I wasn’t expecting much personalisation in the character creation and there wasn’t, this isn’t a Bioware RPG after all, there’s not much in the way of character storyline as you just simply create your character, view the initial opening movie, then you view your very generic character classes opening movie I started out as a Monk as I thought they looked pretty cool and I liked the idea of using my fists and feet martial arts style. I soon found that Diablo 3 has a limited number of abilities that you can use at any one time, two abilities are bound to the left and right mouse buttons and 4 other abilities are on your action bar, which pale in comparison to MMORPG’s where sometimes you have enough abilities displaying to make an on-screen keyboard. For example for my right mouse button I started with “Fists of thunder” then got “Lashing tail kick” for my right mouse button, then a level after that I received “Deadly Reach” as an alternate ability for my left mouse button and in turn you acquire different ‘runes’ over time to make deadly reach more powerful this is how the mouse button abilities work basically one is straightforward hitting a single direction (most of the time) then the other is more AOE based. The action bar abilities like “Blinding Flash” and the Demon Hunter’s “Entangling Shot” are basically all round utilities to use at the right time. It’s not overly complicated to play but does require a bit of general rpg type common sense in choosing your items (which to keep and which to use) and which abilities to use at the correct time but of course that just comes with learning the game.
|Character screen and my Monk|
The auction house is one thing I myself could possibly do without, I’ve only dealt with auction houses in MMO’s where they are obviously needed, but with a mostly singleplayer game such as this, I don’t need the auction house whatsoever. I just think it’s an unnecessary feature for people to wheel and deal, especially the ‘real money’ auction house which is basically a post similar to this waiting to happen. I did feel a bit taken aback when my friends said that “you buy most of your stuff from the auction house especially in the higher levels as it’s so much better” I’d digress on the higher levels but I really don’t think a primarily singleplayer game should have to rely on an auction house to have the best gear and/or to compete with other players.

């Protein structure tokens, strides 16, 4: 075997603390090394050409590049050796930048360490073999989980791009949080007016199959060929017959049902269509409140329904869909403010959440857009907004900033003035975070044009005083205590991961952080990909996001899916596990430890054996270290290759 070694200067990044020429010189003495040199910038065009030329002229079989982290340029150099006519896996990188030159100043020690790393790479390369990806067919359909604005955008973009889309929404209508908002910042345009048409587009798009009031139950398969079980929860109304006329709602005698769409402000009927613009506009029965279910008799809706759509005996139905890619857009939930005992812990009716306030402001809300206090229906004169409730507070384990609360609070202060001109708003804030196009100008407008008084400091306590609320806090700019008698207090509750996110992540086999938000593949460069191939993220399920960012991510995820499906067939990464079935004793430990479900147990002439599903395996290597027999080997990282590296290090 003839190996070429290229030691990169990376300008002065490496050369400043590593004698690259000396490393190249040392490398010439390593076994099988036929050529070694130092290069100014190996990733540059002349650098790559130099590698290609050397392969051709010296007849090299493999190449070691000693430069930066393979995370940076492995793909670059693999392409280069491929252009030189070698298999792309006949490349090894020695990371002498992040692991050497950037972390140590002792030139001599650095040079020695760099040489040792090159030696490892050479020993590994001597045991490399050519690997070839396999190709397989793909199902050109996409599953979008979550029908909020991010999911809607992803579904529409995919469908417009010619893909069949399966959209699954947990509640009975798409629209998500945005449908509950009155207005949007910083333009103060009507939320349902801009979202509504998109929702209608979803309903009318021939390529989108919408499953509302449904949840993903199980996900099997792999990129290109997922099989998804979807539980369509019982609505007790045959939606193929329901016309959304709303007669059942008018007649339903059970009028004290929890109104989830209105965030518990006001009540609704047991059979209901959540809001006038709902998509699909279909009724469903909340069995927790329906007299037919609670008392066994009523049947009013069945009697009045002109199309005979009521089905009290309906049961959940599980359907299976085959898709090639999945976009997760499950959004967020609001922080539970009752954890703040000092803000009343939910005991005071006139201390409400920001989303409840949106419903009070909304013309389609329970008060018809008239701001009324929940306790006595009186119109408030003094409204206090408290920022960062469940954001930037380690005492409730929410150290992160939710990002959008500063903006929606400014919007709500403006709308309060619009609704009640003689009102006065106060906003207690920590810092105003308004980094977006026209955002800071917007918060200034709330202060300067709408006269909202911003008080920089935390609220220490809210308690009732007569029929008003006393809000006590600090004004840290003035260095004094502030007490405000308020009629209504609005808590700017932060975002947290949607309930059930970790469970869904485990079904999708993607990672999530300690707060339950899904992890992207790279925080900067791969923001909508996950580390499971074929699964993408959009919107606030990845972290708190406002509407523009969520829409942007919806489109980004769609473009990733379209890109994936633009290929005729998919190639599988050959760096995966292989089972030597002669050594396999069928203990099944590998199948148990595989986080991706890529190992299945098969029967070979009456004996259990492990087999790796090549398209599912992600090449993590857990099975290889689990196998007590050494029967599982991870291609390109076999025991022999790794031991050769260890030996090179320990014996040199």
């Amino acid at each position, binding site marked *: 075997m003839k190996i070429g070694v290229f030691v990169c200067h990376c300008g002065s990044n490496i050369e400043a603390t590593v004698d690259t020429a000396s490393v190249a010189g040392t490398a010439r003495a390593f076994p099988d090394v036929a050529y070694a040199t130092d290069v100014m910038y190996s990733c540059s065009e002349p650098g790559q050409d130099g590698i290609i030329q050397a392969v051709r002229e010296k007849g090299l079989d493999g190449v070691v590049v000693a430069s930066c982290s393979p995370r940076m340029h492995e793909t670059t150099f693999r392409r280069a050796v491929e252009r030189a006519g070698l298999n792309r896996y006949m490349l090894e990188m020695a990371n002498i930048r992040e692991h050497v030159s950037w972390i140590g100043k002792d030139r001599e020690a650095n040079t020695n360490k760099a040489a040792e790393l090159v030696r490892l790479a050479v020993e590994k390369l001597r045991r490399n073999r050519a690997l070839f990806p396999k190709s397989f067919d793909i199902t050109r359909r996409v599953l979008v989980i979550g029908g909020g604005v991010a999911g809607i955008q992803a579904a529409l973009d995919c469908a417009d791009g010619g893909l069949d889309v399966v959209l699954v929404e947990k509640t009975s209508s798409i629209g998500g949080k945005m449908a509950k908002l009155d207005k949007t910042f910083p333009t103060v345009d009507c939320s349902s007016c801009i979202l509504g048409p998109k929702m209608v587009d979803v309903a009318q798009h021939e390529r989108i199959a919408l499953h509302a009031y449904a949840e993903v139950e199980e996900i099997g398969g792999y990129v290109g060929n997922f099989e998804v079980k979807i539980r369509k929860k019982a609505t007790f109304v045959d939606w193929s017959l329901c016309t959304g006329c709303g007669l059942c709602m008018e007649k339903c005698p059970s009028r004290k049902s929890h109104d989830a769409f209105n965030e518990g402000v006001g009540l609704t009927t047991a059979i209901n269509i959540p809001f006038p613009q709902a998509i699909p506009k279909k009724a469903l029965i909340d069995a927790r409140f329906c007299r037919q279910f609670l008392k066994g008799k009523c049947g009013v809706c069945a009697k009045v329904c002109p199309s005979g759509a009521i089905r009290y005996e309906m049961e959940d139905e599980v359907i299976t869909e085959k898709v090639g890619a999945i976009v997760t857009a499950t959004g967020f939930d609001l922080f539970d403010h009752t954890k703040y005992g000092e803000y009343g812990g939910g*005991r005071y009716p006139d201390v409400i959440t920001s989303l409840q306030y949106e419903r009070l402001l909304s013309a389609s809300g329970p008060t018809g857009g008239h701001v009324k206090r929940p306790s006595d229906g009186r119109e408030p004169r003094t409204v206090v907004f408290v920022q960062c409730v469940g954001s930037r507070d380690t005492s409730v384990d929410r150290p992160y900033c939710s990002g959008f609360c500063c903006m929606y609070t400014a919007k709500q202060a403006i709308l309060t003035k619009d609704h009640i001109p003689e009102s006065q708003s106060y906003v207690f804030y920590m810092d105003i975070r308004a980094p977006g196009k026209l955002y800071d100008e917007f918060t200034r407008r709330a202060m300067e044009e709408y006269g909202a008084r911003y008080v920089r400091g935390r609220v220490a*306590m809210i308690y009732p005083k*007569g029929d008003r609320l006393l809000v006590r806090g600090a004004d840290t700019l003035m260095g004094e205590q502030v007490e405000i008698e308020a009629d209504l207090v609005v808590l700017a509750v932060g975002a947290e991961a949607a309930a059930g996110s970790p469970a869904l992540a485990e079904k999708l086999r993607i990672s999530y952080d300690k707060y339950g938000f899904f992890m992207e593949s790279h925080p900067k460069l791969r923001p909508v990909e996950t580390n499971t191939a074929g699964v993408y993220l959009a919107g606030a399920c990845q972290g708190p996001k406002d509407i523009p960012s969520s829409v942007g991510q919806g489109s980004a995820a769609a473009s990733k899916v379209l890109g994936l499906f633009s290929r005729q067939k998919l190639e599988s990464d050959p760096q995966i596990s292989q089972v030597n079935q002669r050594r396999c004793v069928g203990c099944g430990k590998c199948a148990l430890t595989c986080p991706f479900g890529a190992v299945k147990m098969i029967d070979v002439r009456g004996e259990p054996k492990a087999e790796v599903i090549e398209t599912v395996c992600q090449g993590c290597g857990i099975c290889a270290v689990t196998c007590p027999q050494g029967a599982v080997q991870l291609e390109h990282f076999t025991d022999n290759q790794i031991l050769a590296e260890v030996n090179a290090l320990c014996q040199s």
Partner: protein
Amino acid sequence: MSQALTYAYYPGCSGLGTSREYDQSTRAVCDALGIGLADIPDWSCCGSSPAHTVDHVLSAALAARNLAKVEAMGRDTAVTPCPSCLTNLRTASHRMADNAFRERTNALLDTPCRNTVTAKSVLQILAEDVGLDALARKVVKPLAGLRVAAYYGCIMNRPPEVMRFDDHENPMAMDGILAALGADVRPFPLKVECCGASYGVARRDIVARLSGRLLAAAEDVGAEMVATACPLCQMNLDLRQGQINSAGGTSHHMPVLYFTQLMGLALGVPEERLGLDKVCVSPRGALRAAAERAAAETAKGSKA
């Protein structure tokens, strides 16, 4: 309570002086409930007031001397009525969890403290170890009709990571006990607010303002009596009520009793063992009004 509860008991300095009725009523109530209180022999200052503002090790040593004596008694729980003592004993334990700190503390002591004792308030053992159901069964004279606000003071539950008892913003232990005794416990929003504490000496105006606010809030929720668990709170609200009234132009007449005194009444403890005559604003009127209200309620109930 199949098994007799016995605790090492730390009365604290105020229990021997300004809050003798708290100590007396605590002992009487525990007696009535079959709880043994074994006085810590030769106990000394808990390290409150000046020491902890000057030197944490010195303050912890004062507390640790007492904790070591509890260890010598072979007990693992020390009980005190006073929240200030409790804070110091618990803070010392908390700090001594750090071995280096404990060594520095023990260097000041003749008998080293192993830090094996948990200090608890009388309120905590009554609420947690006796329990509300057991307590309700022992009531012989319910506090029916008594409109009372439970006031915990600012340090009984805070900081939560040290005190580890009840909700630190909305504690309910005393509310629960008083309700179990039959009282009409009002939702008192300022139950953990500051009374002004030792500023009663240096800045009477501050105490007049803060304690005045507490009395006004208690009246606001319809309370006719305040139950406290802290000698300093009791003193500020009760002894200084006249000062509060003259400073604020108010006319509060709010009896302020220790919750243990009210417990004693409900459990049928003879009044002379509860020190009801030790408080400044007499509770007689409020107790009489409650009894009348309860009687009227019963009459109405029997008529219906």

|Penny Arcade: Absolutely Not|
I’m now up to the 3rd act and to be honest I can’t really be bothered anymore, I’m sorry to say the game was only really mildly fun, the story was the only thing that kept me going. The first two acts were good enough and pretty suspenseful but now it’s all action just defending some damn castle and it’s the same old mass killing of monsters and demons and I just can’t bring myself to play it again so I don’t know how this review is going to turn out. For the most part the controls were fine, I didn’t really mind having fewer buttons to press. the graphics were good, especially the effects, . I enjoyed the storyline for as far as I played it, the difficulty curve... well it was easy enough, I didn’t really get very far but to be honest I really wouldn’t have bothered trying it on the higher level, I enjoyed having followers and decking them out with the best items I could and I enjoyed killing hordes enemies with super kicks and punches and special abilities. I’d hate to say this though but the whole thing just felt a bit too linear and repetitive, and I know your all going to scream at me “Well that’s what Diablo’s about and this is the first time I’ve played it and I haven’t even finished it on normal difficulty and how can I say that when I play MMO’s like WoW and SWTOR”.